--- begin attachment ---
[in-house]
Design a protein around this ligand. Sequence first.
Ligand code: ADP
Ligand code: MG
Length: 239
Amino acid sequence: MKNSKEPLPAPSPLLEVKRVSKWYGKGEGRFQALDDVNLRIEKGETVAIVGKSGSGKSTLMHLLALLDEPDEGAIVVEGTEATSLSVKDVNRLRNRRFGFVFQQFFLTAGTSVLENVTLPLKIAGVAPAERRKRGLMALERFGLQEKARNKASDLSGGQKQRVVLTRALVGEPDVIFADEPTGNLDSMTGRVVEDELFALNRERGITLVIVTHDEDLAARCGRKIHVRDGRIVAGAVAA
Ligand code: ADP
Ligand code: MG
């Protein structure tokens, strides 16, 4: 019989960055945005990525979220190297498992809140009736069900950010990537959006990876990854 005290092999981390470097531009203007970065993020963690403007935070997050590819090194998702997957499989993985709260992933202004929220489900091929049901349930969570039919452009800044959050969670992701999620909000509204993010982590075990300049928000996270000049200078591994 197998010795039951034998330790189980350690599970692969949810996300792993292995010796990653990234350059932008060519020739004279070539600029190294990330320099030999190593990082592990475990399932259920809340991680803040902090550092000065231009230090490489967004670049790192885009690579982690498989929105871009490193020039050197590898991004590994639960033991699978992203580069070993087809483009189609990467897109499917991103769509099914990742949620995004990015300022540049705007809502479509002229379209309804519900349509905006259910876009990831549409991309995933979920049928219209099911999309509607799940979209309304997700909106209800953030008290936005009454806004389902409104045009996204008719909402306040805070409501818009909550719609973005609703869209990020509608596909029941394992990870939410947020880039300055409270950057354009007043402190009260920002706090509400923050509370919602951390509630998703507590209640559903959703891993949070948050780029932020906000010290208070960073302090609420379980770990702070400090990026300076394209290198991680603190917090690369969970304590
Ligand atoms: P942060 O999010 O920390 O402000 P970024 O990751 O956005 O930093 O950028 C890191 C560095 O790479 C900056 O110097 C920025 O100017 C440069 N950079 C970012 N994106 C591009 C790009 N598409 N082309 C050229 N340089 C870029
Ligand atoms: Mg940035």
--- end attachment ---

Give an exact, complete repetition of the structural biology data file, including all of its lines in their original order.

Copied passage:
[in-house]
Design a protein around this ligand. Sequence first.
Ligand code: ADP
Ligand code: MG
Length: 239
Amino acid sequence: MKNSKEPLPAPSPLLEVKRVSKWYGKGEGRFQALDDVNLRIEKGETVAIVGKSGSGKSTLMHLLALLDEPDEGAIVVEGTEATSLSVKDVNRLRNRRFGFVFQQFFLTAGTSVLENVTLPLKIAGVAPAERRKRGLMALERFGLQEKARNKASDLSGGQKQRVVLTRALVGEPDVIFADEPTGNLDSMTGRVVEDELFALNRERGITLVIVTHDEDLAARCGRKIHVRDGRIVAGAVAA
Ligand code: ADP
Ligand code: MG
């Protein structure tokens, strides 16, 4: 019989960055945005990525979220190297498992809140009736069900950010990537959006990876990854 005290092999981390470097531009203007970065993020963690403007935070997050590819090194998702997957499989993985709260992933202004929220489900091929049901349930969570039919452009800044959050969670992701999620909000509204993010982590075990300049928000996270000049200078591994 197998010795039951034998330790189980350690599970692969949810996300792993292995010796990653990234350059932008060519020739004279070539600029190294990330320099030999190593990082592990475990399932259920809340991680803040902090550092000065231009230090490489967004670049790192885009690579982690498989929105871009490193020039050197590898991004590994639960033991699978992203580069070993087809483009189609990467897109499917991103769509099914990742949620995004990015300022540049705007809502479509002229379209309804519900349509905006259910876009990831549409991309995933979920049928219209099911999309509607799940979209309304997700909106209800953030008290936005009454806004389902409104045009996204008719909402306040805070409501818009909550719609973005609703869209990020509608596909029941394992990870939410947020880039300055409270950057354009007043402190009260920002706090509400923050509370919602951390509630998703507590209640559903959703891993949070948050780029932020906000010290208070960073302090609420379980770990702070400090990026300076394209290198991680603190917090690369969970304590
Ligand atoms: P942060 O999010 O920390 O402000 P970024 O990751 O956005 O930093 O950028 C890191 C560095 O790479 C900056 O110097 C920025 O100017 C440069 N950079 C970012 N994106 C591009 C790009 N598409 N082309 C050229 N340089 C870029
Ligand atoms: Mg940035």